Cross-functional collaboration is key to Eikon’s success. Fortunately, the leaders of our Research and Engineering teams, Chief Scientific Officer Dan Anderson and Chief Technology Officer Russ Berman, have fostered a collaborative environment that encourages scientists, engineers, research associates, bioinformatics specialists and others to work together towards the common goal of developing novel therapeutics against targets previously deemed “undruggable.”
Dan and Russ’ ability to lead so effectively is rooted in their own genuine curiosity, innovative spirits and career histories.
Applying cutting-edge engineering and technology to biological processes has been central to Dan’s studies and career since he earned his PhD in cell biology and biochemistry from the University of California, San Diego.
Dan went on to develop novel cellular and advanced microscopy assays to report on drug activity and mechanisms of action at Genentech, and later worked to industrialize phenotypic screening and utilize machine learning to advance drug discovery at Recursion Pharmaceuticals.
As part of the launching team at Eikon, Dan played a key role in establishing the company’s interdisciplinary approach to drug discovery. He says that working with Russ Berman and the Engineering team is an especially rewarding aspect of his job.
“Russ has compiled a team of seasoned experts who have a deep understanding of what we're trying to build at Eikon, and of how to achieve our objectives. Beyond their impressive technical proficiencies, the engineers on Russ’ team truly partner with the scientists on my team, and those partnerships lead to more efficient problem solving and output.”
As Eikon’s Chief Technology Officer, Russ Berman is responsible for leading Eikon’s hardware, software, automation, microscopy, and data groups. A former VP of Engineering at Pacific Biosciences, Russ started his career as a mechanical engineer then later worked as an electrical engineer and a software developer. He has more than two decades of experience managing technical teams at biotech companies such as Velocity11 and Agilent.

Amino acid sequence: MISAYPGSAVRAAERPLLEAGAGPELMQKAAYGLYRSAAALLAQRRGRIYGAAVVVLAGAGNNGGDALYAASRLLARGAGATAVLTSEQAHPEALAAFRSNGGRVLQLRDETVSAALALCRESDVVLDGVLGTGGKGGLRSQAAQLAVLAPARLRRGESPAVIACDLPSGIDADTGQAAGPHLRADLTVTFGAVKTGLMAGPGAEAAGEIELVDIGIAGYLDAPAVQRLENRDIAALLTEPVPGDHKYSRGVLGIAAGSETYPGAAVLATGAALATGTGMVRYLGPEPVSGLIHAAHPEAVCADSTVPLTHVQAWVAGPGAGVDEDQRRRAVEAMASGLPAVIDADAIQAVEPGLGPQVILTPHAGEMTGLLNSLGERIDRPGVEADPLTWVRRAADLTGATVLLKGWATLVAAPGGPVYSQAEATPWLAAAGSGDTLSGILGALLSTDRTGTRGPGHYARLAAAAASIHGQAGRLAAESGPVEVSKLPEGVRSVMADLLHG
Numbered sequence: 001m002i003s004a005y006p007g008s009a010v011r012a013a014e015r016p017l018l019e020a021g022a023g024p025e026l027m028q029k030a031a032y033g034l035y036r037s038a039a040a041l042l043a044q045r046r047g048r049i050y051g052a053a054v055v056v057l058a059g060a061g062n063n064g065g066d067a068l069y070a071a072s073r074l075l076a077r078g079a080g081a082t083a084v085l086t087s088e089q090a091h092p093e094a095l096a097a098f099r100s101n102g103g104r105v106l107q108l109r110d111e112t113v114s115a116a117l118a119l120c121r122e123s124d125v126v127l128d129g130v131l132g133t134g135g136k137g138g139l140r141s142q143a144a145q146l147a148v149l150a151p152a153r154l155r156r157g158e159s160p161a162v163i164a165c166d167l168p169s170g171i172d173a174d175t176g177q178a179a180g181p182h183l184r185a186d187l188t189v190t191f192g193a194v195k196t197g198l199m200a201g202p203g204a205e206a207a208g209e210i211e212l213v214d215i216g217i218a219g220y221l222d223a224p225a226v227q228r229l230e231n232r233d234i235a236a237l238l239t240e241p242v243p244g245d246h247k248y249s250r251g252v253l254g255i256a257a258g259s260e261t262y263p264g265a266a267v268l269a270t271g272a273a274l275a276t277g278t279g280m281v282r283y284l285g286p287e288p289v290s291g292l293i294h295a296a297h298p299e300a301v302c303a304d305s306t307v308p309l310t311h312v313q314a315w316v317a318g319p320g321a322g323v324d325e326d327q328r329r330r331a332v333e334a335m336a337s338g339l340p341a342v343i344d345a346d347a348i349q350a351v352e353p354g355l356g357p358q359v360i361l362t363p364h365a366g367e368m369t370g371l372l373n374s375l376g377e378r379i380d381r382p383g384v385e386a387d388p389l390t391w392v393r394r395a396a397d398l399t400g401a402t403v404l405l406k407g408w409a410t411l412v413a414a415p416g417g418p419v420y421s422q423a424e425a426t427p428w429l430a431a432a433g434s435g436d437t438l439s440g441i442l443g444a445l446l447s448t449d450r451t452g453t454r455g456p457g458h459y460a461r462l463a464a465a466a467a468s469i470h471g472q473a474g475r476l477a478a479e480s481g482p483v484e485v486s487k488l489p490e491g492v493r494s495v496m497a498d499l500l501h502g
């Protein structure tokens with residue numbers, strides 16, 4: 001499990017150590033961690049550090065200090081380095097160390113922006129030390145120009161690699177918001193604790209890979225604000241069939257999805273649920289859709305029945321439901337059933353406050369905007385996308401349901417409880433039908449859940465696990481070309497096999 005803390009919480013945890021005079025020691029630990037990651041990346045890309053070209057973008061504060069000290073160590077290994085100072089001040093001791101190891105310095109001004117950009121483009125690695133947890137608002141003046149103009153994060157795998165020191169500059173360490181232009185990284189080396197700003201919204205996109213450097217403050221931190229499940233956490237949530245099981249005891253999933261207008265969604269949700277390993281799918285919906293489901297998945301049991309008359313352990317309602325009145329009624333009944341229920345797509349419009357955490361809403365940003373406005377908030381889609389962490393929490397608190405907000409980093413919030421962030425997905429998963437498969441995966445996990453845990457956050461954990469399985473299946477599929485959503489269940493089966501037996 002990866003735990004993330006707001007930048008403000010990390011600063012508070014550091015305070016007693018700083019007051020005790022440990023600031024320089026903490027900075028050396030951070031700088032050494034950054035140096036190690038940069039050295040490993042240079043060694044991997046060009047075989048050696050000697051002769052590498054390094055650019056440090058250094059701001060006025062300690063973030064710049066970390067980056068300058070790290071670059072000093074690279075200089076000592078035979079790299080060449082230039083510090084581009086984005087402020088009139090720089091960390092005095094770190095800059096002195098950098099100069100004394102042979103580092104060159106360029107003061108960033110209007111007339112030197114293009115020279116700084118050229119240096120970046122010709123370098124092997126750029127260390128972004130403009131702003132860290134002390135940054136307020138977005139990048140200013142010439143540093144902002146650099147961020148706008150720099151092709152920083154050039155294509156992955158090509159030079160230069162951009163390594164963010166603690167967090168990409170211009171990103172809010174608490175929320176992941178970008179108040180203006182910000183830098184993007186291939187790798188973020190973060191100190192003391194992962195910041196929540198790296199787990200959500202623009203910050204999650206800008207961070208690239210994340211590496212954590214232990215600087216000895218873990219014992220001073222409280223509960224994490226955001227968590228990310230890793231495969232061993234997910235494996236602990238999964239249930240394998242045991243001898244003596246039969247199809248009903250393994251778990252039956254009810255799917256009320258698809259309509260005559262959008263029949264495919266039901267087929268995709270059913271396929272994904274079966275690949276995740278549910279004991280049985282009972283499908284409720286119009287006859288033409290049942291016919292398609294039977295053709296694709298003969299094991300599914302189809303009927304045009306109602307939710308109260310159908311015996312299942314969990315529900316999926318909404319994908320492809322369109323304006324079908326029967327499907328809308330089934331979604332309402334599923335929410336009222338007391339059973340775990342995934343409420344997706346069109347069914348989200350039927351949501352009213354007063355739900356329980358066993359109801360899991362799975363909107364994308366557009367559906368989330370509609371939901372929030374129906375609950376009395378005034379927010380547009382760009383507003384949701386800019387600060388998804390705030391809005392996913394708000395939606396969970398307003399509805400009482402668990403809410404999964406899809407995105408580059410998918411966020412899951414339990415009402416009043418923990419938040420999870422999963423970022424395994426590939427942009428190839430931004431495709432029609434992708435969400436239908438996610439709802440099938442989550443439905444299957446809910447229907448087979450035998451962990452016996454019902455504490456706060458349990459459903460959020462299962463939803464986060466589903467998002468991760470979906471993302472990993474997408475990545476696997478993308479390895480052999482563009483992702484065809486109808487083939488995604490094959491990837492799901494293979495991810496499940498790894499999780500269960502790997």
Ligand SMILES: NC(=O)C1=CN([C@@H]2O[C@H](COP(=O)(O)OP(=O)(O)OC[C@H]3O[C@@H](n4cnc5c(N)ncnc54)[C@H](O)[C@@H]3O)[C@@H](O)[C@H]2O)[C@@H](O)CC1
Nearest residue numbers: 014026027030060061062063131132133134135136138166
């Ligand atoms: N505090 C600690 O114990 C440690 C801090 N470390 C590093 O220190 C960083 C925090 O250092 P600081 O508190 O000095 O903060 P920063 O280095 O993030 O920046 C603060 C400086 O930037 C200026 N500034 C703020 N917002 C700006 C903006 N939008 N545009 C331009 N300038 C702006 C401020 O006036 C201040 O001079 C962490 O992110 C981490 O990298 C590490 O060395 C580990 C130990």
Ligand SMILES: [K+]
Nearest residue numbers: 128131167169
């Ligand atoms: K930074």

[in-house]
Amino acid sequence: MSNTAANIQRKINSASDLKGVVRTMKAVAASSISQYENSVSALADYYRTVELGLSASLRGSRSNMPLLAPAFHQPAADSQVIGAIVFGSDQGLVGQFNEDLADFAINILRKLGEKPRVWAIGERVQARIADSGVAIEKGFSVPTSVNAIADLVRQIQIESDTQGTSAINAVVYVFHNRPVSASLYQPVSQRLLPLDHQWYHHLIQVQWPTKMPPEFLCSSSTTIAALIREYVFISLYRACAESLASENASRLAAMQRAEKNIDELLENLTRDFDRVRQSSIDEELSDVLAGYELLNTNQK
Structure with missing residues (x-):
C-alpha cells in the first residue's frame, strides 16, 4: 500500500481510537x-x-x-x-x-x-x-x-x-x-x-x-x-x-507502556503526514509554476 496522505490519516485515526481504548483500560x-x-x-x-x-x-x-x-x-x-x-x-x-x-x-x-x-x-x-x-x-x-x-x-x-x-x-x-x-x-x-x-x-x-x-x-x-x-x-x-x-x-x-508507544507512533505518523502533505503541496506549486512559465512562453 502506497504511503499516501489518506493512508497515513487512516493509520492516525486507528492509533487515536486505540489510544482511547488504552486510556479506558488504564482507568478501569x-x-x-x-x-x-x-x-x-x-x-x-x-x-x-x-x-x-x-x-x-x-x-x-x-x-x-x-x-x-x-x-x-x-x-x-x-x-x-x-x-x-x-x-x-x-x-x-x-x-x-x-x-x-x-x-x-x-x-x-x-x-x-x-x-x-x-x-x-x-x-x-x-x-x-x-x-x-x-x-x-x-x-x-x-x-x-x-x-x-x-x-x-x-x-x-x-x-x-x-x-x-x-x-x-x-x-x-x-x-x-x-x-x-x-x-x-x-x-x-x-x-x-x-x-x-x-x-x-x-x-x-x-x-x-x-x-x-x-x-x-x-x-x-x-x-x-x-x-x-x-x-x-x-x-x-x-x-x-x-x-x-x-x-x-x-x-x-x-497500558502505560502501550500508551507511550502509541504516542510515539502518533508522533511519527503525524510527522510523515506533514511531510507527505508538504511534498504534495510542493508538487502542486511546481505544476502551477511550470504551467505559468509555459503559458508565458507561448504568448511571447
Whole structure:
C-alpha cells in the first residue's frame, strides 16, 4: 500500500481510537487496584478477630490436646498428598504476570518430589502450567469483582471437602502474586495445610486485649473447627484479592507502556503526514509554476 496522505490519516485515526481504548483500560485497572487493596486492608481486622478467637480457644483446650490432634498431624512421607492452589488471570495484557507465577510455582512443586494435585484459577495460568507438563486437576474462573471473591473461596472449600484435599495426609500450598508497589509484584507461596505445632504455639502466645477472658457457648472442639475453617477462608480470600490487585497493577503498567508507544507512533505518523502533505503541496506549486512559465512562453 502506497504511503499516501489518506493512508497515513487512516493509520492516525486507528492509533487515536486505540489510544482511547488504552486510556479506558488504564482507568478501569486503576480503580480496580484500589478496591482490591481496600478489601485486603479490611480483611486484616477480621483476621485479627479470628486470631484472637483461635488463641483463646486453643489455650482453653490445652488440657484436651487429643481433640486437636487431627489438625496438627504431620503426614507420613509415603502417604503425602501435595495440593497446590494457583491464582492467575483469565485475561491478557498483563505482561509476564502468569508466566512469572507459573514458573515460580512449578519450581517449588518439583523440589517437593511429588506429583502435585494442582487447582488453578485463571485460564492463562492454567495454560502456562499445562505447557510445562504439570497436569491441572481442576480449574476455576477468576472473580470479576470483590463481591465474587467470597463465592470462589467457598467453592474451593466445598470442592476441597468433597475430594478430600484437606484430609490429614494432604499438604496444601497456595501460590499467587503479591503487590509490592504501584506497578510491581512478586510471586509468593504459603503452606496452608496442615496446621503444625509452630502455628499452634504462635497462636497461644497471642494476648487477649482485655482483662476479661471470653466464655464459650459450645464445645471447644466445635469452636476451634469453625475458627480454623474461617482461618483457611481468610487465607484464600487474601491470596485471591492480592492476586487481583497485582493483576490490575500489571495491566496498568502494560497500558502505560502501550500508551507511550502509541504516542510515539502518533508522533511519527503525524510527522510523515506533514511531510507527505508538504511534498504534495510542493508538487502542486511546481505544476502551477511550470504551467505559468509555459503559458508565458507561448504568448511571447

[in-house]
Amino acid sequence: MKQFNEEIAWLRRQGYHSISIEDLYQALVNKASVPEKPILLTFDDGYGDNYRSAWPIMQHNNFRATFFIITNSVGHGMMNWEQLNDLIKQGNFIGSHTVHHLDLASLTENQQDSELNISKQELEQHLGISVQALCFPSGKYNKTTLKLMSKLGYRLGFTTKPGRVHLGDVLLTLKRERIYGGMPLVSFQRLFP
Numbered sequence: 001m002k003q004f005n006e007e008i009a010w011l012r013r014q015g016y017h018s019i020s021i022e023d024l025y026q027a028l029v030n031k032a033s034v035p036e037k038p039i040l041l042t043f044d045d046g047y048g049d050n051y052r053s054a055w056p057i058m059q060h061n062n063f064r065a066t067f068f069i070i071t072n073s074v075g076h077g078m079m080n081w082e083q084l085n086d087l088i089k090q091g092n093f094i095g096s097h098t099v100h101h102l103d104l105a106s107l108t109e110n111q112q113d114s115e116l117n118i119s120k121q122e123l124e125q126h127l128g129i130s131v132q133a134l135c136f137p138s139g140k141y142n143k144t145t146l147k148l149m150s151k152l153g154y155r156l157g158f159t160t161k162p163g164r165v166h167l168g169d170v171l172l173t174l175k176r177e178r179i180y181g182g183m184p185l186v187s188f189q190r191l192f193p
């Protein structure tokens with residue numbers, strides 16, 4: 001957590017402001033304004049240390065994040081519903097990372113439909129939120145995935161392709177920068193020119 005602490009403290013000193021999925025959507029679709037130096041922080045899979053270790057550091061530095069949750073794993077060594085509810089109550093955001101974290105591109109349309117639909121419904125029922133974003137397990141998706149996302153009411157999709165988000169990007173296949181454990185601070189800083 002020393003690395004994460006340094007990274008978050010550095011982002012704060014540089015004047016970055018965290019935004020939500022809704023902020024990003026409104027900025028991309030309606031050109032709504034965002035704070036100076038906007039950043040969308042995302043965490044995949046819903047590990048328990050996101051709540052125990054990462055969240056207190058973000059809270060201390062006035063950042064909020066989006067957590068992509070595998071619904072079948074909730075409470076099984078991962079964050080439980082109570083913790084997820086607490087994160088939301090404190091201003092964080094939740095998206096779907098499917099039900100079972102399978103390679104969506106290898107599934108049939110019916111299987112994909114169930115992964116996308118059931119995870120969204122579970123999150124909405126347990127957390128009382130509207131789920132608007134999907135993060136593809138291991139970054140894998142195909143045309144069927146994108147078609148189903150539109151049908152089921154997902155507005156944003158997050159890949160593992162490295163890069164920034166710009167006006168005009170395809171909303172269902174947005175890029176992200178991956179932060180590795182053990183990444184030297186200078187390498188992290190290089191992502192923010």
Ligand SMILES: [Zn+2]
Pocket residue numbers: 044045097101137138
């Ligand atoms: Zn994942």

The way engineers frame and solve problems can be quite different from a scientist’s approach, says Russ. “Engineers are accustomed to being driven by requirements and deadlines, whereas scientists are often more exploratory and freeform in their pursuit of novel discoveries.”
Russ notes, however, that the Research and Engineering teams at Eikon embrace each other’s various ways of working and have devised innovative ways to move their collective work forward.
“As our researchers use Eikon’s platform to uncover new science, ideas for new tools and algorithms often surface. Our engineers then build those new tools, thus improving our platform and enabling scientific discoveries which will again generate ideas for new tools. Every new iteration of our platform is a result of the fantastic synergy between the Research and Engineering teams.”
Another bonus to working collectively: there are a lot more victories to celebrate. And when there are problems, there’s a multi-disciplinary community of people to help solve them. We’re all in this together.